Edgar Allan Poe

Edgar Allan Poe lived in Baltimore during his early writing career. He shared a home in Little Italy with his aunt Maria Clemm, his cousin Virginia, Maria’s infirm mother, and two other relatives.

After being thrown out of West Point, Poe returned to Baltimore and lived with the Clemms in a small house at house at 203 Amity Street, now the Poe House and Museum. While living on Amity Street in the 1830s, Poe’s work began to gain public notice as his interests shifted from poetry to short fiction.

Poe subsequently moved to Richmond, and also lived in Philadelphia and New York City. But Poe was passing through Baltimore when he died in 1849.

On October 3, Poe was found semi-conscious in the gutter of Lombard Street near Exeter, an area now known as “Corned Beef Row.” His was disheveled and delirious, and apparently wearing somebody else’s clothing.

A passer-by took Poe into a tavern, where a carriage was called to transport him to the nearby Washington College Hospital on Broadway, since renamed Church Home Hospital.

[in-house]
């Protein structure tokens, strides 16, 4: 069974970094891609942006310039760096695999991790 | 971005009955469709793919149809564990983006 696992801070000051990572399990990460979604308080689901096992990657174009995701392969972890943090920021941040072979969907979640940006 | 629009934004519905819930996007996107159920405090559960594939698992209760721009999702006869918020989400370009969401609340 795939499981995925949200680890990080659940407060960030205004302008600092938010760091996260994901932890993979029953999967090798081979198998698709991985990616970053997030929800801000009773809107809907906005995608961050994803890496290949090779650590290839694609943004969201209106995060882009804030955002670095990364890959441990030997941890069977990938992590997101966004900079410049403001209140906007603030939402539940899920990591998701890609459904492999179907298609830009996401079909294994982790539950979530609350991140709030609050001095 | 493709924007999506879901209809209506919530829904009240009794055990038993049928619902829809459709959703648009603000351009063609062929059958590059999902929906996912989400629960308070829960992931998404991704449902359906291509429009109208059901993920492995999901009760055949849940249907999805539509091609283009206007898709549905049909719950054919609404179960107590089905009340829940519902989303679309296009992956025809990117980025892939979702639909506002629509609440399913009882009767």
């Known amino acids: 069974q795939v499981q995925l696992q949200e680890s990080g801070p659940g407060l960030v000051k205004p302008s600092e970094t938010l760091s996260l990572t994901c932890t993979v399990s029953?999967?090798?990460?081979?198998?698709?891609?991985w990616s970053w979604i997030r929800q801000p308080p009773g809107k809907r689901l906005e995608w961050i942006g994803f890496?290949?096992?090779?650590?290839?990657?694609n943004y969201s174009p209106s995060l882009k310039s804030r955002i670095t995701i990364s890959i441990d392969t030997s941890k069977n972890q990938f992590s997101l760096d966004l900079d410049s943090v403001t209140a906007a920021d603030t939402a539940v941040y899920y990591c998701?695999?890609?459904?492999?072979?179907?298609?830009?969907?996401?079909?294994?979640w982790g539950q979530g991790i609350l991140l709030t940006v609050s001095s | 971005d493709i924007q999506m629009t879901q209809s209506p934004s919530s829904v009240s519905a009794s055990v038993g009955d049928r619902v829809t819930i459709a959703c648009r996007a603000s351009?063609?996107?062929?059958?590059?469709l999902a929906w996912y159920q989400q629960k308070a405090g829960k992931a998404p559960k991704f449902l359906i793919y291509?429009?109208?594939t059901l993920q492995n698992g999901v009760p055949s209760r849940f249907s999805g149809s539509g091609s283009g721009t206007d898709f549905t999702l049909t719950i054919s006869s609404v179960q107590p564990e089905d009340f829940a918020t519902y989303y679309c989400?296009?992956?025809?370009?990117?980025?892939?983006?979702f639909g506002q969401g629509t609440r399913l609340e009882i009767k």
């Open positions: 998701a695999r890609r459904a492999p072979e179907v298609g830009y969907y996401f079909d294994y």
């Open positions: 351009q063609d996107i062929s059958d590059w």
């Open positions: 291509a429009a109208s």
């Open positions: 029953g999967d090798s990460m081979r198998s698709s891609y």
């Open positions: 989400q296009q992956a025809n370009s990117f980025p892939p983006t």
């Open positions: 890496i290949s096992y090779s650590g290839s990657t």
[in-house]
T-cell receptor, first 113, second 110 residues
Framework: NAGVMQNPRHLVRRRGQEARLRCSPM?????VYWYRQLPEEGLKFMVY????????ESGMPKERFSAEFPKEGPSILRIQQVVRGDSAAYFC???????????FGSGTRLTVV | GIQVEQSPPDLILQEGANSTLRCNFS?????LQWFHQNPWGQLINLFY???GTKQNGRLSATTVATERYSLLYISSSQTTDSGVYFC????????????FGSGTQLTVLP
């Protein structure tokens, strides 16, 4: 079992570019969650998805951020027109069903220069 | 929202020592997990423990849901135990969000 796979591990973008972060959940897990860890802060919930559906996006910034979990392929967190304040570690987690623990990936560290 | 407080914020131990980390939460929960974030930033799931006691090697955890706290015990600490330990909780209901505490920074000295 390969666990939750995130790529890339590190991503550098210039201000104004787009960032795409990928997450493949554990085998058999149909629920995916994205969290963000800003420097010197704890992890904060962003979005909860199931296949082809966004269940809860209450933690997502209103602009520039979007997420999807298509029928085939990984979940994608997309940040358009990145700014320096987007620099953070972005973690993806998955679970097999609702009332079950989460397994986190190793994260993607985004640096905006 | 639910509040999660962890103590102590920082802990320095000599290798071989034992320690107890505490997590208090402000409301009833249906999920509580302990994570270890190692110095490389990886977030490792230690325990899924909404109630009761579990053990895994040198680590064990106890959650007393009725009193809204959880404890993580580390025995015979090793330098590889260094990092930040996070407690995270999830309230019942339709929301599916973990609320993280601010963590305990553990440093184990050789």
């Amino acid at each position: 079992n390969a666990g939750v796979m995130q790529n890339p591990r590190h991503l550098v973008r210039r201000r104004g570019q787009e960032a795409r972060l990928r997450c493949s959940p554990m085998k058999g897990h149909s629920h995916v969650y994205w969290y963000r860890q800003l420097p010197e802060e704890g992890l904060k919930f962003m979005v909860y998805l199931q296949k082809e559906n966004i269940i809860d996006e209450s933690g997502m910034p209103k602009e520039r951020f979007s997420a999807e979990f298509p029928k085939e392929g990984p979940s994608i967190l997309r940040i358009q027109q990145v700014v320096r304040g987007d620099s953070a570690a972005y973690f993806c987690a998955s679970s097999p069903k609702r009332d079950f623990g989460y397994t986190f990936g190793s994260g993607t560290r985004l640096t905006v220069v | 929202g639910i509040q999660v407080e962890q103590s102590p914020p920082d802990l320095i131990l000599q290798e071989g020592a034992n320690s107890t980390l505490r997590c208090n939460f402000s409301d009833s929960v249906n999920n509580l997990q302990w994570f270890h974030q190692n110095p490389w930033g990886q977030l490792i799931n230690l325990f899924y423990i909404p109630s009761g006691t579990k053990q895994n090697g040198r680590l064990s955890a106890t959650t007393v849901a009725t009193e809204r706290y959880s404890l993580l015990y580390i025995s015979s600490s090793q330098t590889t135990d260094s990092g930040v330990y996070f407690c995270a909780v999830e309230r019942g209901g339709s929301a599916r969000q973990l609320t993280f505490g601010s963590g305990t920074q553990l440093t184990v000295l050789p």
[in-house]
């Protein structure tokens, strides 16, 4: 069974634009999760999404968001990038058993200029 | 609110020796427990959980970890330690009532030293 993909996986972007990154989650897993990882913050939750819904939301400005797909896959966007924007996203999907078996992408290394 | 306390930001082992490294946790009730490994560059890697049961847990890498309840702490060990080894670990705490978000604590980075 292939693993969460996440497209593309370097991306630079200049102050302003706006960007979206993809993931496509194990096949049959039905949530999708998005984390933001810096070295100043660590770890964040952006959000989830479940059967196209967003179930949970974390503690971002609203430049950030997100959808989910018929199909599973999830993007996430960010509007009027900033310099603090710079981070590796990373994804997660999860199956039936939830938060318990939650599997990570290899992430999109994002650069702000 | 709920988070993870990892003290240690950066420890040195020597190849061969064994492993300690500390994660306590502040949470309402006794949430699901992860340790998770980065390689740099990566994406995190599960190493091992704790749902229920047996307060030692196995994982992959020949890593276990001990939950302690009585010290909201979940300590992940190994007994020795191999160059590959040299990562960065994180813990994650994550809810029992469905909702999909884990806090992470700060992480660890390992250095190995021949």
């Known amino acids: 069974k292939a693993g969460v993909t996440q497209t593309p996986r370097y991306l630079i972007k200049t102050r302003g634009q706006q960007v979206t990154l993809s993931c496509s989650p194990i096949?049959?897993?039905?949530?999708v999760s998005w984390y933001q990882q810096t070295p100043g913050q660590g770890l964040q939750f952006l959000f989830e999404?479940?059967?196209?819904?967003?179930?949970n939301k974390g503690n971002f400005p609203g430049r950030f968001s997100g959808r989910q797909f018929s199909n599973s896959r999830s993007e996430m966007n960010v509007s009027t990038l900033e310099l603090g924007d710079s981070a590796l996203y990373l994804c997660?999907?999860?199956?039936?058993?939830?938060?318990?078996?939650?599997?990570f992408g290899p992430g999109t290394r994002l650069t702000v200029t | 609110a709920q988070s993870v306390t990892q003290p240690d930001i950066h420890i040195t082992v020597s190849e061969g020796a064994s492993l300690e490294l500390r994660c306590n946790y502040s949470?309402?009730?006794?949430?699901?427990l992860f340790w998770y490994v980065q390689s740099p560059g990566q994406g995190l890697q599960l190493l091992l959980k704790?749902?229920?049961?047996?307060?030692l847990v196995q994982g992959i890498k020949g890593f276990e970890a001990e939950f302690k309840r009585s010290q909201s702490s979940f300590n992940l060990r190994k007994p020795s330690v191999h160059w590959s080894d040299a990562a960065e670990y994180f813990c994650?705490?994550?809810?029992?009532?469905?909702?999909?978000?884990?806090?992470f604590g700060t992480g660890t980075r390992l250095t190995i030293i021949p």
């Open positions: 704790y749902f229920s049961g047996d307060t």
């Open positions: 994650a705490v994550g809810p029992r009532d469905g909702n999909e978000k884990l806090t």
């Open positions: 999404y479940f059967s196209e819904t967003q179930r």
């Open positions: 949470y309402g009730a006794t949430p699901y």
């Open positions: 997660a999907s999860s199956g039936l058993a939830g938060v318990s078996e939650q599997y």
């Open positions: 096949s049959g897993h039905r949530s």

As Poe was supposed to be traveling from Richmond to New York by steamship, it isn’t known why he was in Baltimore or what events led up to him being found in distress. Poe drifted in and out of consciousness for nearly four days, until dying early on the morning of Oct. 7.

Numerous theories have been proposed as a cause of Poe’s death, including alcohol or drug intoxication, cholera, rabies, mercury poisoning, and syphilis. Contemporaneous medical records of his stay at Church Home and Hospital were lost or destroyed years ago.

Poe was buried at Westminster Burying Ground, at the corner of Fayette and Green Streets adjacent to University of Maryland School of Law. He was originally interred in the family plot with his grandfather, Revolutionary War hero General David Poe.

In 1875, Poe’s coffin was relocated near the cemetery gates, where a large monument marks the spot today.

Every year on the anniversary of Poe’s birthday, a mysterious stranger known as the Poe Toaster snuck into Westminster Church and Burial Ground and left three roses and a half-empty bottle of cognac at his grave. This unusual tribute apparently ended in 2009.


View Larger Map